The challenge is to channel this energy into positive outlets. Find opportunities for them to be active and involved and learn how to swing to the mood music. Although parents don't want to overload their teens, they do need a balance of activities that focus their mental, physical, and emotional energy. Allow your child to have a "bad" hormone day from time to time. See the long view. Tomorrow they will be back up again. Don't talk about the mood swing and create defensiveness and don't blame them for their mood swings. Don't excuse it either, just don't make a case of it. The less pressure from adults, the quicker the positive moods will come back up.

Secret #4: Teens have very few time management skills. "Who does," you say? Exactly my point. If we, the adults, don't have good time management skills, why would we expect teens to have them. Who would they learn from if not us. But even if we are the most punctual of people that is no-guarantee that our teens will be. They might act as the exact opposite in an effort to find their own identity.

The challenge is to help teens learn to use their time wisely. That might involve become better time management models ourselves, suggest time management techniques, and doing nothing. We have already mentioned that we need to be good models if we expect our children to manage their time but watch for signs of poor school performance, inattentiveness, and excessive sleepiness. These signs may point to deeper, emotional problems. In some cases, time management skills may help. In others, it may require more professional help. Suggest, don't lecture on time management. Teens will save face if they pick up a technique "on their own" that you suggested. And if they don't you will have to decide how important the situation is to know if you should strongly suggest, demand, or do nothing. Parents must decide what is negotiable and nonnegotiable with their teen. Perhaps having a messy room is negotiable ("clean it at least once a month" or "no food left as science experiments under the bed") while daily chores and doing homework are not. Teens can be good manipulators so it is good to know this before hand.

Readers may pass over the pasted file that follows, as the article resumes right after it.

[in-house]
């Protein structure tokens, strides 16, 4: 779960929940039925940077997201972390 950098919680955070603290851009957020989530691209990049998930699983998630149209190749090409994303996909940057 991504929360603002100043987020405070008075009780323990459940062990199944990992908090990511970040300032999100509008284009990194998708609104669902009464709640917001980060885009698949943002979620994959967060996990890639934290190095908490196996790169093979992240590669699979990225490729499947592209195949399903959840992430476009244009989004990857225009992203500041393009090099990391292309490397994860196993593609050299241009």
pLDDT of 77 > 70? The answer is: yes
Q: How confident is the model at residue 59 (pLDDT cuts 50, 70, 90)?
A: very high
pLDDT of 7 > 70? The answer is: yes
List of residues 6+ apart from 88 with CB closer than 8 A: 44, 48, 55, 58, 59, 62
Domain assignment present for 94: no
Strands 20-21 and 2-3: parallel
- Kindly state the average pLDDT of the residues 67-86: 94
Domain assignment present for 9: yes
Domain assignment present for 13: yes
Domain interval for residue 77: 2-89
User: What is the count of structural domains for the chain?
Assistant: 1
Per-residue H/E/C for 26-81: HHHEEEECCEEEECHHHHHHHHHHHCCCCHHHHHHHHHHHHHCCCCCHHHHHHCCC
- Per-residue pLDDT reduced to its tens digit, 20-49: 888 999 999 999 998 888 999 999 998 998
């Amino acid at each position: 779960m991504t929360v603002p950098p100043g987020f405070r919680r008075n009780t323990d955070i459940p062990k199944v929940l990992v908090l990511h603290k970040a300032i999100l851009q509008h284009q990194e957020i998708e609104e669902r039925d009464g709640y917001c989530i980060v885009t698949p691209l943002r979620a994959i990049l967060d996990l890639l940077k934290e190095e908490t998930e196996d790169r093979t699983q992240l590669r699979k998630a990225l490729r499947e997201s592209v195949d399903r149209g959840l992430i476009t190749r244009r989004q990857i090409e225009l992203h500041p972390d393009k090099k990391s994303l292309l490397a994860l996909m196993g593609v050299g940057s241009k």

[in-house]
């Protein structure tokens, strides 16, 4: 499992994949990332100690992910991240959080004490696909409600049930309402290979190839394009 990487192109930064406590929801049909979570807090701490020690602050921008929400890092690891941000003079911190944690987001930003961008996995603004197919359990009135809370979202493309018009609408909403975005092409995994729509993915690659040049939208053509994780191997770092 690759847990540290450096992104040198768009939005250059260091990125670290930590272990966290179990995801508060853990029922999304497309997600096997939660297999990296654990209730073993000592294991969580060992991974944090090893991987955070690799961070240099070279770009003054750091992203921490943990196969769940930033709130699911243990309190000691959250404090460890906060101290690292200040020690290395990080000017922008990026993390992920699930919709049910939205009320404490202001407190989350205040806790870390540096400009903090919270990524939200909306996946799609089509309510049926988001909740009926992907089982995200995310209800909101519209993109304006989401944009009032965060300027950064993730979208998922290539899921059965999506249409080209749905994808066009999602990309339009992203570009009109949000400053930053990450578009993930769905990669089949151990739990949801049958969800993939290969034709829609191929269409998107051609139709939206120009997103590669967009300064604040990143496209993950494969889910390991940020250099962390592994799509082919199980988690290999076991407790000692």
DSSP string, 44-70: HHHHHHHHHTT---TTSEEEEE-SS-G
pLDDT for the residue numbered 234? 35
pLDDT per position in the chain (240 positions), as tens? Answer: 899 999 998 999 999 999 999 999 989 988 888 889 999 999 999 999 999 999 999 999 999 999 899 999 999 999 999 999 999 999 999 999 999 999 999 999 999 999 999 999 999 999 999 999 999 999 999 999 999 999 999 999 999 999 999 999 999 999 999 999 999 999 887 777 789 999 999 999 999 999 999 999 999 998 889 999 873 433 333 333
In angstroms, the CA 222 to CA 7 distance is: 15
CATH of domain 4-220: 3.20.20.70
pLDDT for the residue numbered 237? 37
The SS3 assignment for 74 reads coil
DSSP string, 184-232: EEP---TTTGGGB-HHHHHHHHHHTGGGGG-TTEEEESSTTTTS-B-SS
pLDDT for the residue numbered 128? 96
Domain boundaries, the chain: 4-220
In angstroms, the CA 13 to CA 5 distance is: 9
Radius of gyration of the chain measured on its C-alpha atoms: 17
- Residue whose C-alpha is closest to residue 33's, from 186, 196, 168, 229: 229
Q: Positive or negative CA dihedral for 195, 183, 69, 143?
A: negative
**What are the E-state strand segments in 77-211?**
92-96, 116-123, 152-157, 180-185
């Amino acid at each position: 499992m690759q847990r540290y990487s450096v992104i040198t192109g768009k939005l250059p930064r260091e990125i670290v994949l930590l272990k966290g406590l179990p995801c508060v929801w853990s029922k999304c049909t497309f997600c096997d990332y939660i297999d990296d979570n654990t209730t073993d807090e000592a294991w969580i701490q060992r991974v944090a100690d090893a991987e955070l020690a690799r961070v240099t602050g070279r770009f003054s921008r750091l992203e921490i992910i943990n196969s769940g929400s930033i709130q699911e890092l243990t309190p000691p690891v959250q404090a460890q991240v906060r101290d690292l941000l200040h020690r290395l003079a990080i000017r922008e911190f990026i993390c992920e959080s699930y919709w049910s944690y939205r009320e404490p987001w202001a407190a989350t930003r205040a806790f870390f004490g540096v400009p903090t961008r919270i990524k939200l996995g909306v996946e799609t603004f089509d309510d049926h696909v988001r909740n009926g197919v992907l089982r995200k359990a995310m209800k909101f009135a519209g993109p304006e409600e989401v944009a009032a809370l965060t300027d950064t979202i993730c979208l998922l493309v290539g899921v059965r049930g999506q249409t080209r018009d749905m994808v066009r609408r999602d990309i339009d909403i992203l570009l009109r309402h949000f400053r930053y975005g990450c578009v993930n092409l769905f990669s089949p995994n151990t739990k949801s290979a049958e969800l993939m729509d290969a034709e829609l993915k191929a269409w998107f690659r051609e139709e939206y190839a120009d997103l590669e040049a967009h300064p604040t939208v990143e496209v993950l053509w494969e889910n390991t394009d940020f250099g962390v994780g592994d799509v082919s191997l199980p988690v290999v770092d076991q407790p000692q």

Secret #5: Teens like the practical and social side of school. Although some teens will talk about school as if they are being forced into manual labor or tortured by sadistic criminals disguised as educators, the truth is that they find a lot of reinforcement from school and actually like learning. Vague statements, by parents, that they must study history because it's good for them will never work. Telling a teen that they must study Algebra in order to get into a good college won't be very motivating either. They need to see the more pragmatic or social side of school.

The challenge is to help teens understand why they need to learn various subjects in school. Talk with your teens teachers about the concrete objectives of each class. Find practical uses for it in daily life. Build in connections with past learning to show a continuum of learning over time. Have teens' brainstorm practical uses for the concepts they are learning. Or go the other way and talk about what they are interested in doing in life and how different subjects are necessary to accomplish that goal.

Secret #6: Teens want limits placed on them. This is perhaps the most startling secret of all. It is also one of the most unconscious secrets for teens. When they have limits, they don't realize their need for them but when they don't have any limits placed on them, they do realize their importance. One teen, whose mother died of a drug overdose, had lived a very unsupervised, unstructured life. He told me that he liked having his foster mother put limits on him. This was puzzling to me, given that he rarely followed them, but he stated that this is what it felt like to have a "mom who cares for you." And he eventually did adjust to the structure and start following the rules.

The challenge is to know how much and how often to set limits. Loving children is the easy part of parenting. Setting appropriate limits is not so easy. The world is still unknown to teens and consequently they need someone who "has been there" to place limits until they learn about the limits that exist in the world. The goal of limit setting should be teaching teens about very real limits of the world. Limits should never be permanent walls around a teen. Generally speaking, limits should decrease over time but can be put back up if the teenager is not able to tolerate freedom or makes inappropriate choices. This creates a cycle where they are decreased again, allowing the teen to earn back freedom and responsibility. Theoretically this cycle can continue undefinedly until the teen is finally able tolerate freedom or is old enough to leave home and make their own decisions in life. In the meantime it is the parent's job, and teen's secret desire, that parents set the limits.